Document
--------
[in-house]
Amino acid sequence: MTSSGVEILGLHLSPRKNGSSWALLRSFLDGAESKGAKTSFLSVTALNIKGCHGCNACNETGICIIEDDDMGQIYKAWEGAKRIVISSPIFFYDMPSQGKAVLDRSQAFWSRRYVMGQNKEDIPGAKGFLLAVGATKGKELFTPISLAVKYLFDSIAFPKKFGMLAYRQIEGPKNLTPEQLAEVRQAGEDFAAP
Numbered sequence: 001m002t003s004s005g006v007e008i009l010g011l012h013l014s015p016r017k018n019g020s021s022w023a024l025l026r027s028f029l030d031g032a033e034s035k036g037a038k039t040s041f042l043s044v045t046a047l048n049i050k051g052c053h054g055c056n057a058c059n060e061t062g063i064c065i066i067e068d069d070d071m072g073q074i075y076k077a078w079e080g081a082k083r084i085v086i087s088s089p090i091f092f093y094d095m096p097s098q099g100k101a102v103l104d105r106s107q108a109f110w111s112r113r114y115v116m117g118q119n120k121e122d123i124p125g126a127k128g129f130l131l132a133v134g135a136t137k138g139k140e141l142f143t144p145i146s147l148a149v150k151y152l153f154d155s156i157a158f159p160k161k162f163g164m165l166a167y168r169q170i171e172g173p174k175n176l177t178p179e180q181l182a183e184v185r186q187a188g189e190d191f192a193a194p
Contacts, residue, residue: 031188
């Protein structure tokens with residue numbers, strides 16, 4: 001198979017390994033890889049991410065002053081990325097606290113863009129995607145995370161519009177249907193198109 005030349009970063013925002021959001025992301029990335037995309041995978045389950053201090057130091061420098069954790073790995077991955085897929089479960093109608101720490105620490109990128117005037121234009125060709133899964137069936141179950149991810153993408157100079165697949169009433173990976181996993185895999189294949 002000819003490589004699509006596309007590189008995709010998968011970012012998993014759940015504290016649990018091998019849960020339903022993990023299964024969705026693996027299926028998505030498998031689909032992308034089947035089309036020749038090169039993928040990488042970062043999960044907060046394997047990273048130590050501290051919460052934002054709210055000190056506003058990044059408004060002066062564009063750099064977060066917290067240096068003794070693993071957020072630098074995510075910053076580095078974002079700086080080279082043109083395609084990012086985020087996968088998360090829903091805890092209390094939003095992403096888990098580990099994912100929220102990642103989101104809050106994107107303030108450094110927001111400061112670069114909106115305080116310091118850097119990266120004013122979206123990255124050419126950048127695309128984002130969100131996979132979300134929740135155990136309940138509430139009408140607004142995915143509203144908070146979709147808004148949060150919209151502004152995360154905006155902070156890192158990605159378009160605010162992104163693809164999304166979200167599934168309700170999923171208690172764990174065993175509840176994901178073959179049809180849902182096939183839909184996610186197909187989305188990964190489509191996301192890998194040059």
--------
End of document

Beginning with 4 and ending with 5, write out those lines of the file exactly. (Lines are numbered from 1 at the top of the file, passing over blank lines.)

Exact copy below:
Contacts, residue, residue: 031188
């Protein structure tokens with residue numbers, strides 16, 4: 001198979017390994033890889049991410065002053081990325097606290113863009129995607145995370161519009177249907193198109 005030349009970063013925002021959001025992301029990335037995309041995978045389950053201090057130091061420098069954790073790995077991955085897929089479960093109608101720490105620490109990128117005037121234009125060709133899964137069936141179950149991810153993408157100079165697949169009433173990976181996993185895999189294949 002000819003490589004699509006596309007590189008995709010998968011970012012998993014759940015504290016649990018091998019849960020339903022993990023299964024969705026693996027299926028998505030498998031689909032992308034089947035089309036020749038090169039993928040990488042970062043999960044907060046394997047990273048130590050501290051919460052934002054709210055000190056506003058990044059408004060002066062564009063750099064977060066917290067240096068003794070693993071957020072630098074995510075910053076580095078974002079700086080080279082043109083395609084990012086985020087996968088998360090829903091805890092209390094939003095992403096888990098580990099994912100929220102990642103989101104809050106994107107303030108450094110927001111400061112670069114909106115305080116310091118850097119990266120004013122979206123990255124050419126950048127695309128984002130969100131996979132979300134929740135155990136309940138509430139009408140607004142995915143509203144908070146979709147808004148949060150919209151502004152995360154905006155902070156890192158990605159378009160605010162992104163693809164999304166979200167599934168309700170999923171208690172764990174065993175509840176994901178073959179049809180849902182096939183839909184996610186197909187989305188990964190489509191996301192890998194040059």